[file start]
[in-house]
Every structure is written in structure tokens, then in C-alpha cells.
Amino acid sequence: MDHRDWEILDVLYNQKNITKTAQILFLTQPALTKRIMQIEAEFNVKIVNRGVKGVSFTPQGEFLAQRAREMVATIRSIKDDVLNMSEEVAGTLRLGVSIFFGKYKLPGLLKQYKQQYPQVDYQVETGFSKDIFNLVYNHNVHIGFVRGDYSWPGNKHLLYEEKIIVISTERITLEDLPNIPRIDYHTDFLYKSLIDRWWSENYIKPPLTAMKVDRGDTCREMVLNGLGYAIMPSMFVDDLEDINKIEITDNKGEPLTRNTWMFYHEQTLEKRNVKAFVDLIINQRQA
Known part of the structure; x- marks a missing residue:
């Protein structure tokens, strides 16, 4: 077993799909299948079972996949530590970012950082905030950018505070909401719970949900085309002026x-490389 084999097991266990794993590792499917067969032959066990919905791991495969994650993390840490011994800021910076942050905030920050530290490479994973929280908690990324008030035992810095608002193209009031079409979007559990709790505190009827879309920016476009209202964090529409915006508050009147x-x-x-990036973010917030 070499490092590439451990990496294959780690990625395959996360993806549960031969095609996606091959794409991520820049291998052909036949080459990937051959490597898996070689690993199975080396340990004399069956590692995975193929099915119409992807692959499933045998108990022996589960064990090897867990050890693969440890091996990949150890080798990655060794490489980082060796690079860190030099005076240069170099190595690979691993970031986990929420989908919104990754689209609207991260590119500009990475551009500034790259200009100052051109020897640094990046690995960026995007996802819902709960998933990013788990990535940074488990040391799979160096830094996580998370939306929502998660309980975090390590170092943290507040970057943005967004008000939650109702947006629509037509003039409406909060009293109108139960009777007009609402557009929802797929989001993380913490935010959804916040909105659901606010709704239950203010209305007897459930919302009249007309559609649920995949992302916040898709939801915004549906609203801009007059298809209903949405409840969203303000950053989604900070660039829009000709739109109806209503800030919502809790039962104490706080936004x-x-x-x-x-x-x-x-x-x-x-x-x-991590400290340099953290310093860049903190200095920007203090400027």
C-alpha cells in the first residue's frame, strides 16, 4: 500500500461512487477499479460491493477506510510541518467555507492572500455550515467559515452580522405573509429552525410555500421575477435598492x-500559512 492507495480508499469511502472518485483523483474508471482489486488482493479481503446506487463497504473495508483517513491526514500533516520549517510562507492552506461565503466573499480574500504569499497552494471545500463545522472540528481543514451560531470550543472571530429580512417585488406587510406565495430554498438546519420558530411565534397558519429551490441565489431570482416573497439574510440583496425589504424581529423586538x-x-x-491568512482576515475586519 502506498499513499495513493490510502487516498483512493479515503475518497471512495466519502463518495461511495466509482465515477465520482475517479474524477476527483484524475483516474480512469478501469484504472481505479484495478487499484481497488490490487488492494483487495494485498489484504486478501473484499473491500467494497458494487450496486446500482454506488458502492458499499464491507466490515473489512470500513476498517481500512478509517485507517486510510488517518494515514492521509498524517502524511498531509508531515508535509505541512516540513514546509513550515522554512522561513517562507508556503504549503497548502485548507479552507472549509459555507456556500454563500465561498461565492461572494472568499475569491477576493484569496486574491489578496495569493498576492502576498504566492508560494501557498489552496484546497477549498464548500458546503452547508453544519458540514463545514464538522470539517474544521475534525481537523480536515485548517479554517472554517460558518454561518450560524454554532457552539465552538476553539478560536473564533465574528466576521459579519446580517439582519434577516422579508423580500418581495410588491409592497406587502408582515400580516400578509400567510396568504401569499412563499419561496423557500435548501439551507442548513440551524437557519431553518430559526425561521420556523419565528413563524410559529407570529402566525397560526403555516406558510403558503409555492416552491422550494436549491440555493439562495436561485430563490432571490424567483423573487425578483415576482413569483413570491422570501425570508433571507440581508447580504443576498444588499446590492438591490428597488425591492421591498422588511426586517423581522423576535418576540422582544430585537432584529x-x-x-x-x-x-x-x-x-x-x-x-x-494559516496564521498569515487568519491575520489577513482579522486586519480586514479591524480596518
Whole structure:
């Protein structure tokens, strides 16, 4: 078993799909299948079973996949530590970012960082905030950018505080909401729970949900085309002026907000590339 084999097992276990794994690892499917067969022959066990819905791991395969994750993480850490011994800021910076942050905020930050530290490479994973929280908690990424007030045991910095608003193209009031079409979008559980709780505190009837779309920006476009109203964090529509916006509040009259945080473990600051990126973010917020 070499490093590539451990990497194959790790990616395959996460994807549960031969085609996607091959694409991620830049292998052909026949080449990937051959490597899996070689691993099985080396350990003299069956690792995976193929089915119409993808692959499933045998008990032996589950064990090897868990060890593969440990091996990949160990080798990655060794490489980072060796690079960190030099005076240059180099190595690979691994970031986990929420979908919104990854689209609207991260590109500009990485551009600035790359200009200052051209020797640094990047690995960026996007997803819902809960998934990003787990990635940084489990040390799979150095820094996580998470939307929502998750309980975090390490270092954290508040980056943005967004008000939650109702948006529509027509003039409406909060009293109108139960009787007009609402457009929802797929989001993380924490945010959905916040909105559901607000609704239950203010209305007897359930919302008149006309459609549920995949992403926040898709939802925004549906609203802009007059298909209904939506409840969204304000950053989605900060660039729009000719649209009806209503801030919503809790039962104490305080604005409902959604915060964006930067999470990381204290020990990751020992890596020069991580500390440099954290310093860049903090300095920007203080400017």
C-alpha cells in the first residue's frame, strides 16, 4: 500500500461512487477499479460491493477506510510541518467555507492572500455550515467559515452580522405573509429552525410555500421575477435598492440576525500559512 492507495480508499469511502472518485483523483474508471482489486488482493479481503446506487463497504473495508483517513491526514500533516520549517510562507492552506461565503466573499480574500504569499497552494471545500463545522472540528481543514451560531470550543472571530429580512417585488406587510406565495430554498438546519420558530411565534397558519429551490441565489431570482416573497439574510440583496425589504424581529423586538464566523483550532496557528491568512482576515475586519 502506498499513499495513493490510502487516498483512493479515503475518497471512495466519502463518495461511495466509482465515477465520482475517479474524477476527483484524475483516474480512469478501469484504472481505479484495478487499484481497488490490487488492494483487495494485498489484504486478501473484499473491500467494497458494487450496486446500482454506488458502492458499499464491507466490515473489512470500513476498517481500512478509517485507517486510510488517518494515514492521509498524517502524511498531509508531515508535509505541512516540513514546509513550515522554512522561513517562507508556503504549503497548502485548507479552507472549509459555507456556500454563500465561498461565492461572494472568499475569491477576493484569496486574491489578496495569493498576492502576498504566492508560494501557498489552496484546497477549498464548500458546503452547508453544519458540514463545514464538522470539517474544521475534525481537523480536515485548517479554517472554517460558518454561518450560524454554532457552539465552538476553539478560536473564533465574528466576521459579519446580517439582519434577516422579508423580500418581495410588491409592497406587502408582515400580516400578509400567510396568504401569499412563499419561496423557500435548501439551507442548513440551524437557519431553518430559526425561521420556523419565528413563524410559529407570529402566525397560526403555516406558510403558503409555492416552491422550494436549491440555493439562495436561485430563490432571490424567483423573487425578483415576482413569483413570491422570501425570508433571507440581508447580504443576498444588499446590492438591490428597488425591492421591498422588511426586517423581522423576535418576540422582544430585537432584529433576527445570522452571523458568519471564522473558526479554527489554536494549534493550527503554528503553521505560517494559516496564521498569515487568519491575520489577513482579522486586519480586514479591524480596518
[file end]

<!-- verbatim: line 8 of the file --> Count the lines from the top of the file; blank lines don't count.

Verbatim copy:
């Protein structure tokens, strides 16, 4: 078993799909299948079973996949530590970012960082905030950018505080909401729970949900085309002026907000590339 084999097992276990794994690892499917067969022959066990819905791991395969994750993480850490011994800021910076942050905020930050530290490479994973929280908690990424007030045991910095608003193209009031079409979008559980709780505190009837779309920006476009109203964090529509916006509040009259945080473990600051990126973010917020 070499490093590539451990990497194959790790990616395959996460994807549960031969085609996607091959694409991620830049292998052909026949080449990937051959490597899996070689691993099985080396350990003299069956690792995976193929089915119409993808692959499933045998008990032996589950064990090897868990060890593969440990091996990949160990080798990655060794490489980072060796690079960190030099005076240059180099190595690979691994970031986990929420979908919104990854689209609207991260590109500009990485551009600035790359200009200052051209020797640094990047690995960026996007997803819902809960998934990003787990990635940084489990040390799979150095820094996580998470939307929502998750309980975090390490270092954290508040980056943005967004008000939650109702948006529509027509003039409406909060009293109108139960009787007009609402457009929802797929989001993380924490945010959905916040909105559901607000609704239950203010209305007897359930919302008149006309459609549920995949992403926040898709939802925004549906609203802009007059298909209904939506409840969204304000950053989605900060660039729009000719649209009806209503801030919503809790039962104490305080604005409902959604915060964006930067999470990381204290020990990751020992890596020069991580500390440099954290310093860049903090300095920007203080400017």